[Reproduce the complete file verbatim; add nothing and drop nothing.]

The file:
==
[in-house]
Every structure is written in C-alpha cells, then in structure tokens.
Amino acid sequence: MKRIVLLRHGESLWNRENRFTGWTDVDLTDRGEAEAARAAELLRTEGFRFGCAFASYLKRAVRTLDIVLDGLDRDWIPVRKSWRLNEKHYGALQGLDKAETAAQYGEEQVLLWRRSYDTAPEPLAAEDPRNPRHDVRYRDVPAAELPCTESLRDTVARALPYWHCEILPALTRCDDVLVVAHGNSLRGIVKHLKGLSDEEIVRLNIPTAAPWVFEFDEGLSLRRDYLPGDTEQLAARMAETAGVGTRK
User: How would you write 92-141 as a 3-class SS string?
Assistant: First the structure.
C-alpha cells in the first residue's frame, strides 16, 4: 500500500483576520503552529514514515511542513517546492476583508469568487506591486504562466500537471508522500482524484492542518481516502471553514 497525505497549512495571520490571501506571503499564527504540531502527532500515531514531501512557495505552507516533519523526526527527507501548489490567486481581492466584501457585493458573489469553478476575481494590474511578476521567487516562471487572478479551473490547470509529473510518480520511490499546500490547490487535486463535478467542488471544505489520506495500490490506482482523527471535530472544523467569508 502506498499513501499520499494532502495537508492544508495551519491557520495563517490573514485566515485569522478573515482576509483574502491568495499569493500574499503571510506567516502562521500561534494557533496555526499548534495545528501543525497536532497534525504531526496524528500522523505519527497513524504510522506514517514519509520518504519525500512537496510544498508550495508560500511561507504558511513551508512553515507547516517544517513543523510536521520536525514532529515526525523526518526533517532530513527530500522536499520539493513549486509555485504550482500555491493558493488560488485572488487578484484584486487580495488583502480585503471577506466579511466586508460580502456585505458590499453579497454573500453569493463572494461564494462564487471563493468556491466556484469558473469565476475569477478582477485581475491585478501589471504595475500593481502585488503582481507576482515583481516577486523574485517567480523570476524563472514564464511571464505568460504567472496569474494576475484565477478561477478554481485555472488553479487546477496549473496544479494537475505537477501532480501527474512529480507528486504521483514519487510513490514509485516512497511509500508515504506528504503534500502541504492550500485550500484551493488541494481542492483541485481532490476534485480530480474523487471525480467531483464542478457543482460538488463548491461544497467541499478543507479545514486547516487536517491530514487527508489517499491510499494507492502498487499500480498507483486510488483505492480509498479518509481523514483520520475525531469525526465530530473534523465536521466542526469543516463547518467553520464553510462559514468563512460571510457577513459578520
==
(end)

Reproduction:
[in-house]
Every structure is written in C-alpha cells, then in structure tokens.
Amino acid sequence: MKRIVLLRHGESLWNRENRFTGWTDVDLTDRGEAEAARAAELLRTEGFRFGCAFASYLKRAVRTLDIVLDGLDRDWIPVRKSWRLNEKHYGALQGLDKAETAAQYGEEQVLLWRRSYDTAPEPLAAEDPRNPRHDVRYRDVPAAELPCTESLRDTVARALPYWHCEILPALTRCDDVLVVAHGNSLRGIVKHLKGLSDEEIVRLNIPTAAPWVFEFDEGLSLRRDYLPGDTEQLAARMAETAGVGTRK
User: How would you write 92-141 as a 3-class SS string?
Assistant: First the structure.
C-alpha cells in the first residue's frame, strides 16, 4: 500500500483576520503552529514514515511542513517546492476583508469568487506591486504562466500537471508522500482524484492542518481516502471553514 497525505497549512495571520490571501506571503499564527504540531502527532500515531514531501512557495505552507516533519523526526527527507501548489490567486481581492466584501457585493458573489469553478476575481494590474511578476521567487516562471487572478479551473490547470509529473510518480520511490499546500490547490487535486463535478467542488471544505489520506495500490490506482482523527471535530472544523467569508 502506498499513501499520499494532502495537508492544508495551519491557520495563517490573514485566515485569522478573515482576509483574502491568495499569493500574499503571510506567516502562521500561534494557533496555526499548534495545528501543525497536532497534525504531526496524528500522523505519527497513524504510522506514517514519509520518504519525500512537496510544498508550495508560500511561507504558511513551508512553515507547516517544517513543523510536521520536525514532529515526525523526518526533517532530513527530500522536499520539493513549486509555485504550482500555491493558493488560488485572488487578484484584486487580495488583502480585503471577506466579511466586508460580502456585505458590499453579497454573500453569493463572494461564494462564487471563493468556491466556484469558473469565476475569477478582477485581475491585478501589471504595475500593481502585488503582481507576482515583481516577486523574485517567480523570476524563472514564464511571464505568460504567472496569474494576475484565477478561477478554481485555472488553479487546477496549473496544479494537475505537477501532480501527474512529480507528486504521483514519487510513490514509485516512497511509500508515504506528504503534500502541504492550500485550500484551493488541494481542492483541485481532490476534485480530480474523487471525480467531483464542478457543482460538488463548491461544497467541499478543507479545514486547516487536517491530514487527508489517499491510499494507492502498487499500480498507483486510488483505492480509498479518509481523514483520520475525531469525526465530530473534523465536521466542526469543516463547518467553520464553510462559514468563512460571510457577513459578520